Wednesday, 2 July 2008

The problem in filming the Narnia Chronicles

In looking at what are the shortcomings of the film Prince Caspian, we would do well to look at what the author thought of such a project. C.S. Lewis himself was very much against film versions being made of his Chronicles of Narnia as he thought that it would lead to "buffoonery or nightmare". In many respects he was right: as children's tales they are very effective, but when as it were brought to a more realistic view film view they fall apart.

When placed in a realist setting the talking animals of Narnia are completely unconvincing, and this came apparent in the first filming of the Lion, Witch and the Wardrobe. It was a considerable improvement on the BBC television dramatisation which ended up using soft toys! Nevertheless despite the best efforts made the talking animals betray themselves as computer graphics.

Another example that could be said to be unrealistic is the idea of children sword fighting adults: it sounds attractive in a book but comes out as absurd in reality. Also the geography and features of Narnia are not at all convincing when placed in a realist setting.

Probably the most effective way to film the Chronicles of Narnia would be to do them in animated form, rather than in live action. A fairly presentable attempt at the Lion, Witch and the Wardrobe was made in the late 1970's by the Children's Television Workshop, which I remember watching in my Grandmother's bedroom as a small boy..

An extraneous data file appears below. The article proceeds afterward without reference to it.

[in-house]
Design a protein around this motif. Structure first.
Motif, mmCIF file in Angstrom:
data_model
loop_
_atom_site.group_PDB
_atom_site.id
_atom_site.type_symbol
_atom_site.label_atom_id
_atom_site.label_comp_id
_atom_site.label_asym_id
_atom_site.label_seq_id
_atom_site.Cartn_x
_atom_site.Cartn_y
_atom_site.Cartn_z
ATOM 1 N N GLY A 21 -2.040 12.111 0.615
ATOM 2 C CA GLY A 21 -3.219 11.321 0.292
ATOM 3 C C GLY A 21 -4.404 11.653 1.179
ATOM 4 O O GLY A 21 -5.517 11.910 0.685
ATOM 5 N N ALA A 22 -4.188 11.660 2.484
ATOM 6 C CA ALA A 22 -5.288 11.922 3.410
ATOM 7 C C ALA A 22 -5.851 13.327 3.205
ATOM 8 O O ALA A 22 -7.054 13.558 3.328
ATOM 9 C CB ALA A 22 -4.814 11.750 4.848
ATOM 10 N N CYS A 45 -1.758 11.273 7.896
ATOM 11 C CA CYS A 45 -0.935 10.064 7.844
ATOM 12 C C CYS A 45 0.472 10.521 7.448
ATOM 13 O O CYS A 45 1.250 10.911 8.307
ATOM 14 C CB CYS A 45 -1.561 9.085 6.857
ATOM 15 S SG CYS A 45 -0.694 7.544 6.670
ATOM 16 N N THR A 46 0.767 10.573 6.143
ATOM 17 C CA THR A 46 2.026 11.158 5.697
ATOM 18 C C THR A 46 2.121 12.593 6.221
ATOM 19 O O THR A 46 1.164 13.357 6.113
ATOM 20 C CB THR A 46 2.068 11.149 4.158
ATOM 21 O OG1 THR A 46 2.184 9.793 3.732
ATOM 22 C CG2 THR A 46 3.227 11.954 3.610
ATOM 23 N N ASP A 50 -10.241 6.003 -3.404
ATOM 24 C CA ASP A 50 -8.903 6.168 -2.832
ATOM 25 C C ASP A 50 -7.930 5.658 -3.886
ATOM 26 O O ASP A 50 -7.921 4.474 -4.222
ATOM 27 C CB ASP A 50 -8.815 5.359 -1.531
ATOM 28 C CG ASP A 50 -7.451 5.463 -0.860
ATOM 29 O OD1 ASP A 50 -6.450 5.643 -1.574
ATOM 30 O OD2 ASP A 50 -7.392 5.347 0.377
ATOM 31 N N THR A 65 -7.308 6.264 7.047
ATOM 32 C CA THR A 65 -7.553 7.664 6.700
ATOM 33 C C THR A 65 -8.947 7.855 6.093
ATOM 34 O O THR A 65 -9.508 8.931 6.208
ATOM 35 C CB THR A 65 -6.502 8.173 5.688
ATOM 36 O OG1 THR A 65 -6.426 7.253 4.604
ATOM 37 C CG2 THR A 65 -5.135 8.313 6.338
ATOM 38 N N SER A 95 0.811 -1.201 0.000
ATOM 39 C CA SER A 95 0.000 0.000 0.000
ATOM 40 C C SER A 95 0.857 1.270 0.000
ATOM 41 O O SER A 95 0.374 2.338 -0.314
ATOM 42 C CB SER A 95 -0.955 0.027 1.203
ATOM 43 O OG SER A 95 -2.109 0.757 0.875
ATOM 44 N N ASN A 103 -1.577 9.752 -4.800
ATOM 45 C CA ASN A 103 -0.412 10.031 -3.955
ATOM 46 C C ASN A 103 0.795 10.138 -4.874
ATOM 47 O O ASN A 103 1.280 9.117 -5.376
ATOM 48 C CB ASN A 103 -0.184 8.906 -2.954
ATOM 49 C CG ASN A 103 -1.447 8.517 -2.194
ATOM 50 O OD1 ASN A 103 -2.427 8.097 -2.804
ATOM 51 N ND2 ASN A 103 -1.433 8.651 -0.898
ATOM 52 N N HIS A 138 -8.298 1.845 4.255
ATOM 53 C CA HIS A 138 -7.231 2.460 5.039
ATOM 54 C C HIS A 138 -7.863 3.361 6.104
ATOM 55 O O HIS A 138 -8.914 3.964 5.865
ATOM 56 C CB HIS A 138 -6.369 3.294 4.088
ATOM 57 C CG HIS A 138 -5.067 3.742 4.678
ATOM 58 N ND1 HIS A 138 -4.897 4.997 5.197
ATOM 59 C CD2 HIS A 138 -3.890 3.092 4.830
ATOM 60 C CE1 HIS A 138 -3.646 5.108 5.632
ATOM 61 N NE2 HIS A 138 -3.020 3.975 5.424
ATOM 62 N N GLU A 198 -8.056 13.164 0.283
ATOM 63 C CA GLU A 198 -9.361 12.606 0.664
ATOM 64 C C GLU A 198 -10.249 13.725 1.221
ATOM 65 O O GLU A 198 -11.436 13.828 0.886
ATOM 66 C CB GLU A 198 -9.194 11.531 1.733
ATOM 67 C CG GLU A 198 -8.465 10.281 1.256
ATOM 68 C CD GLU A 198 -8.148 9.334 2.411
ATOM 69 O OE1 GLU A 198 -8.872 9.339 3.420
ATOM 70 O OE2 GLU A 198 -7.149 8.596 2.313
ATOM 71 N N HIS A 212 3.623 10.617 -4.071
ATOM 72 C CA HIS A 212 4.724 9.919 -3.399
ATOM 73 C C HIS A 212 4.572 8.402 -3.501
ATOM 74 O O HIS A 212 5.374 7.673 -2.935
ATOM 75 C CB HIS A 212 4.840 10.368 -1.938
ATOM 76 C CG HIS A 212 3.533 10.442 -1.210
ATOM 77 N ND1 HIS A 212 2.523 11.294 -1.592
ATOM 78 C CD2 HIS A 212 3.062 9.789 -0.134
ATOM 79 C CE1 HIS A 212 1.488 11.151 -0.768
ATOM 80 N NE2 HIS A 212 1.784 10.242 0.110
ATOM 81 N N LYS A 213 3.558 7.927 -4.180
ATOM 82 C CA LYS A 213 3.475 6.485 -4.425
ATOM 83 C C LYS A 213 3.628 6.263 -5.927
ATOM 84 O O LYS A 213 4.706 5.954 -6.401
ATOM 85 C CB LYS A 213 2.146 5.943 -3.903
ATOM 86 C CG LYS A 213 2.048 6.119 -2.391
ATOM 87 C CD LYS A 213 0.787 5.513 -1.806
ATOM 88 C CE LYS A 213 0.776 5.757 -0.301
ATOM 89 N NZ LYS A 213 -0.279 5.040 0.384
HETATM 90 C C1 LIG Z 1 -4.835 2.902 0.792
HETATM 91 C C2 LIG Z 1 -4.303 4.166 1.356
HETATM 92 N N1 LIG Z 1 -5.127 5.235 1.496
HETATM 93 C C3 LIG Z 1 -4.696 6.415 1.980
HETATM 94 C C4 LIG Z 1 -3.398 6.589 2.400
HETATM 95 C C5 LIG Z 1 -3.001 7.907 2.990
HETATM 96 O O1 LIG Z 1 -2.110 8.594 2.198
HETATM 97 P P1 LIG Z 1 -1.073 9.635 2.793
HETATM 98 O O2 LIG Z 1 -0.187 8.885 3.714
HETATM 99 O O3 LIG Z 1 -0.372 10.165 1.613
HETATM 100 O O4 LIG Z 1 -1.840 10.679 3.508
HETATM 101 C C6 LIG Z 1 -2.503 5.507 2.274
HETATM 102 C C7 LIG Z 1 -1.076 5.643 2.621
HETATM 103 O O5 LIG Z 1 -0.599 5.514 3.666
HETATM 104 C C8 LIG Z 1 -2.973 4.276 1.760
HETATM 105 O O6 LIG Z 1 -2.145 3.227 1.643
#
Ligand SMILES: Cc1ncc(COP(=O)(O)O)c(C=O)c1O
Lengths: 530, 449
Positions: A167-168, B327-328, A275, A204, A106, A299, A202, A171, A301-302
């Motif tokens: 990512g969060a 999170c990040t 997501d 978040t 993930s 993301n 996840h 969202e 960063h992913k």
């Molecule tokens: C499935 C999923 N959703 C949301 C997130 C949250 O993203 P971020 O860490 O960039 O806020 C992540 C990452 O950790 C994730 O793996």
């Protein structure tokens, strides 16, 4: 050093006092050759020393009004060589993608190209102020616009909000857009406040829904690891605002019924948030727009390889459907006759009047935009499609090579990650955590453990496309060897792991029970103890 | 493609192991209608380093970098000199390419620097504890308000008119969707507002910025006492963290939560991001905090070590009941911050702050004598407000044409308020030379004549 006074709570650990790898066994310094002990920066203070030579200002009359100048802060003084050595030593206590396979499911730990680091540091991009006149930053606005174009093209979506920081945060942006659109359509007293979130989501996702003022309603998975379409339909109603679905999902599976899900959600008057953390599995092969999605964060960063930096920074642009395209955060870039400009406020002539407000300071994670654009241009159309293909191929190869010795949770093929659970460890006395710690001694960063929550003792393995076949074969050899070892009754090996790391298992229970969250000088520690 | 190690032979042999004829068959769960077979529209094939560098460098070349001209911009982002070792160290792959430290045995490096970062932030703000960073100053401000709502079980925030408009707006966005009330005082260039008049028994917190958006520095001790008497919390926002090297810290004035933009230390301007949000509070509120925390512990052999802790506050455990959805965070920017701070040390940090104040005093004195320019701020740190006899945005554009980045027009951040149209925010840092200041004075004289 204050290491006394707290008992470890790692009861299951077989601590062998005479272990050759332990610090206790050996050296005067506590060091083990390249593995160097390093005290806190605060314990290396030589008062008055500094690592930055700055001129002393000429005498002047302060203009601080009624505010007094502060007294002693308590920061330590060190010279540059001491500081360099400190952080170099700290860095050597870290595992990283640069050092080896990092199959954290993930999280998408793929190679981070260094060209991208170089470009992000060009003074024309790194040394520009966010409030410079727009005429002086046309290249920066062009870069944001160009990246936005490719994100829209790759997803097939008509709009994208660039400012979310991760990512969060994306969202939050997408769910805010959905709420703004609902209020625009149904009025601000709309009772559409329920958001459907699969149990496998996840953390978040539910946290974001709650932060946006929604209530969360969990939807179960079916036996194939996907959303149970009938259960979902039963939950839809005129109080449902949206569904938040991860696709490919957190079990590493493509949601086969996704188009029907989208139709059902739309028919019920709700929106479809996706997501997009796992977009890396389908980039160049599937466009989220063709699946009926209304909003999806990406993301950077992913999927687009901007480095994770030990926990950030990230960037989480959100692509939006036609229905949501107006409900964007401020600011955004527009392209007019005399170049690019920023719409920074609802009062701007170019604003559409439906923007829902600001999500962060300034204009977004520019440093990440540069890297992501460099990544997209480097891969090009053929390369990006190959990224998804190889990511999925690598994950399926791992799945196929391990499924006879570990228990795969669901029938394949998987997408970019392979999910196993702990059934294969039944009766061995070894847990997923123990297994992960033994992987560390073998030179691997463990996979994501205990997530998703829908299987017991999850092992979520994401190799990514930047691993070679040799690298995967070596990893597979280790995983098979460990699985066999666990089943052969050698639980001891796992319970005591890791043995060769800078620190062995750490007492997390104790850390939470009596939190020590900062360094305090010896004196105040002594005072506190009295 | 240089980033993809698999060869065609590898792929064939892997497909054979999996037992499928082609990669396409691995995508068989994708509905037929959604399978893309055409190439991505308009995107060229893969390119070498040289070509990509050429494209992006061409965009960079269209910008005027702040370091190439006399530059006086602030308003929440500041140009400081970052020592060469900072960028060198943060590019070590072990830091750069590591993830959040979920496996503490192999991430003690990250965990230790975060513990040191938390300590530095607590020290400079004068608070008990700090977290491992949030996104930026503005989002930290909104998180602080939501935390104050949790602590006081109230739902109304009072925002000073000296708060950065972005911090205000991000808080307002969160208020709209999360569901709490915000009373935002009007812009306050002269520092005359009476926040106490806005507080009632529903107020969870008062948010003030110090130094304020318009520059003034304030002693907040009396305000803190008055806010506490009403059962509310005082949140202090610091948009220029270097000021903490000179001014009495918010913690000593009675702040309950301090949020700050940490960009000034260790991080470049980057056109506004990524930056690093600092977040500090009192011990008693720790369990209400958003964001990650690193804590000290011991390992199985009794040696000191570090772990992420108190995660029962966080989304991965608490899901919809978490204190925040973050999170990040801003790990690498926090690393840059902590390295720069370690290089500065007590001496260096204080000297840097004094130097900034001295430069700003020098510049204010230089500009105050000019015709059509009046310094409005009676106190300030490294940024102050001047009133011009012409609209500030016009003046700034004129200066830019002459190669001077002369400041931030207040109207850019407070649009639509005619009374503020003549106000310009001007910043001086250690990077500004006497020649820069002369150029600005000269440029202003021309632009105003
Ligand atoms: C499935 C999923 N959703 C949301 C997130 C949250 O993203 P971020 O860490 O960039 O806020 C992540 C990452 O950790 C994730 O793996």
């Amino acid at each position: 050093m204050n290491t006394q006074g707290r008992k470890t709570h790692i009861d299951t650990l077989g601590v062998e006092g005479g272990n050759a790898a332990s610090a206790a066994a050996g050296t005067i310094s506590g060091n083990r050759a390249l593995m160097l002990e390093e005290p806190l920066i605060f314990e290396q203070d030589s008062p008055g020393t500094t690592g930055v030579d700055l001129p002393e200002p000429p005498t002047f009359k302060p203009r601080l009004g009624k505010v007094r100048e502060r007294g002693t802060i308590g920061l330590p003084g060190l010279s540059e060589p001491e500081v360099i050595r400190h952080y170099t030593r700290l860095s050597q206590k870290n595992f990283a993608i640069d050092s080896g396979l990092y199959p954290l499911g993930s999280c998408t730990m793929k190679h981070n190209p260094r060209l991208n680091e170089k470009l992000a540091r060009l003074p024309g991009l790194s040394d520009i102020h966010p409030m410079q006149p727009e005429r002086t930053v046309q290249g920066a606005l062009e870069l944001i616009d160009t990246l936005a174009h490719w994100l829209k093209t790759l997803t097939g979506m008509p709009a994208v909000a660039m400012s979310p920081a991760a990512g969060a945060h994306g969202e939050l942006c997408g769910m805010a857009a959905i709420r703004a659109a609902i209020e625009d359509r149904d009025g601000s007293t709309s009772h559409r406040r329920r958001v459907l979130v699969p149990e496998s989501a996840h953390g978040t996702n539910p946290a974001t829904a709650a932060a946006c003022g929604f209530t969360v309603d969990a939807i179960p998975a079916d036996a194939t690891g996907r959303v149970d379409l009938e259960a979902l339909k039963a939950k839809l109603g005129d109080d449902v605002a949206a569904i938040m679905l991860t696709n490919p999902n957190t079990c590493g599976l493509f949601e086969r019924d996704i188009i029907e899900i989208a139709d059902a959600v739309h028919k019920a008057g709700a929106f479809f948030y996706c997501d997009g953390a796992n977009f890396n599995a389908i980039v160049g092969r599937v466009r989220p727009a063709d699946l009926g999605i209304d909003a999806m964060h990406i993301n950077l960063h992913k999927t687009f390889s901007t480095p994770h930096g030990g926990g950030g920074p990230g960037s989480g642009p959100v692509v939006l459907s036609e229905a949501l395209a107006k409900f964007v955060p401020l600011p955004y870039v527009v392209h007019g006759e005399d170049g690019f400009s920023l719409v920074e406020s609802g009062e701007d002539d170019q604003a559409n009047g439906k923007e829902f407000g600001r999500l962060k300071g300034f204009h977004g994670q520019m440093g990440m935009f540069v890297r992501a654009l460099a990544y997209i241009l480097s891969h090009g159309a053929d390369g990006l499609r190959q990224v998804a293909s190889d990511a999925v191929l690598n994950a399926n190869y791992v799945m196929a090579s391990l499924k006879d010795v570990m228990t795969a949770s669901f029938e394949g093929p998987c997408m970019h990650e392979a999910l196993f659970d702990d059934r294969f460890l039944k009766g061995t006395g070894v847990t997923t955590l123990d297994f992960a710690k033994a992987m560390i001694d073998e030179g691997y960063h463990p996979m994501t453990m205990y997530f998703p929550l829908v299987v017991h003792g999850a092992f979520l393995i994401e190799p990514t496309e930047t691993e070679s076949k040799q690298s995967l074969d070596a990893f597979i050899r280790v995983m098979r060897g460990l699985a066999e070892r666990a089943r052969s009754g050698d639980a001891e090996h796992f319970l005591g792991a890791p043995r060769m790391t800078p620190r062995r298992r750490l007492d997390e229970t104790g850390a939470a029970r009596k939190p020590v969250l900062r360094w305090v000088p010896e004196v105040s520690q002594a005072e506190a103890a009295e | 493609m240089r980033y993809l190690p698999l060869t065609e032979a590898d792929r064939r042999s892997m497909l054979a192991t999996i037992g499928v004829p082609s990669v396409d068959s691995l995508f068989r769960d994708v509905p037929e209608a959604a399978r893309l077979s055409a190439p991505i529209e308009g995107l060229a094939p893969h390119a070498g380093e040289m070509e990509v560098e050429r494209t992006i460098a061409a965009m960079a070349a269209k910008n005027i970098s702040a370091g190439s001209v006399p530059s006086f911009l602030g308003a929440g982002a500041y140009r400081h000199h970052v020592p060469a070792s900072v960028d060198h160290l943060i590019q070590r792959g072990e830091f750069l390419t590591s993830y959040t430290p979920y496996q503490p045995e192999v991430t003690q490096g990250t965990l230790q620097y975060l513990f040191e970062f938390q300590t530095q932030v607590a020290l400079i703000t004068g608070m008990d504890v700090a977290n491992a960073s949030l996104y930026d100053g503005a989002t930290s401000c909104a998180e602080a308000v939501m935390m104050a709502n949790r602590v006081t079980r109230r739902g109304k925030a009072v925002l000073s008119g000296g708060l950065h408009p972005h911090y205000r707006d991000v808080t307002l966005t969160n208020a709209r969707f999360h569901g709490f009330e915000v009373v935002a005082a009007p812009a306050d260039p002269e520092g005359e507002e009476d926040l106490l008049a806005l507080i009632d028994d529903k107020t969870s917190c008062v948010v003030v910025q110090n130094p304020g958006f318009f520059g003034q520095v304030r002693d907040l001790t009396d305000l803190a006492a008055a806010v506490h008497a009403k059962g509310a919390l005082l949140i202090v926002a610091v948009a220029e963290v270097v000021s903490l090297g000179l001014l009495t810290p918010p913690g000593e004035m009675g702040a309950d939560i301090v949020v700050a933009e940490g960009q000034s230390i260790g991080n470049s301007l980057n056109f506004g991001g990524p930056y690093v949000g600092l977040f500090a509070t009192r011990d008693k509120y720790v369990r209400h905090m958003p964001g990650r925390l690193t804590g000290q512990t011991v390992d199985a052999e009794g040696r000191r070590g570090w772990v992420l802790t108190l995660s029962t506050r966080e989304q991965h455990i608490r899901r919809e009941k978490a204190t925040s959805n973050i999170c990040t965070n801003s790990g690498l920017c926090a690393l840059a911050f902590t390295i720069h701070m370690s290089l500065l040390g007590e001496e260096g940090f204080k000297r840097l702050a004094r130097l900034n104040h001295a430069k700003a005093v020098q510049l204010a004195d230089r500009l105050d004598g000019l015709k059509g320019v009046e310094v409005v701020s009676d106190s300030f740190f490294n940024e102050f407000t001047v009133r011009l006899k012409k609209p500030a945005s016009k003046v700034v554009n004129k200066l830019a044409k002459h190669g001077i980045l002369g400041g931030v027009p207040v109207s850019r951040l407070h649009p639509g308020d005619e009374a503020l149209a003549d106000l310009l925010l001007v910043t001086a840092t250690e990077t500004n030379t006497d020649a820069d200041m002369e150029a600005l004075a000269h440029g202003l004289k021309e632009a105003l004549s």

However, the recent version of Prince Caspian lets itself down in other ways that could have been avoided: in particular the liberties taken with the original story. I will describe them in another post.

Tuesday, 1 July 2008

St. Oliver Plunkett

Today is the feast of my namesake St. Oliver Plunkett, the great Archbishop of Armagh who was martyred for the faith at Tyburn on 11th July 1681. Like myself, he was of Anglo - Irish origin. He was one of the great lights of the Irish church, and a key figure in keeping the Catholic faith alive in Ireland throughout the period of persecution. Click here for his full biography.

His head is preserved in the town of Drogheda while his arm is preserved in my old Alma Mater Downside Abbey. Here is a photo of the shrine: the reliquary lies to the right.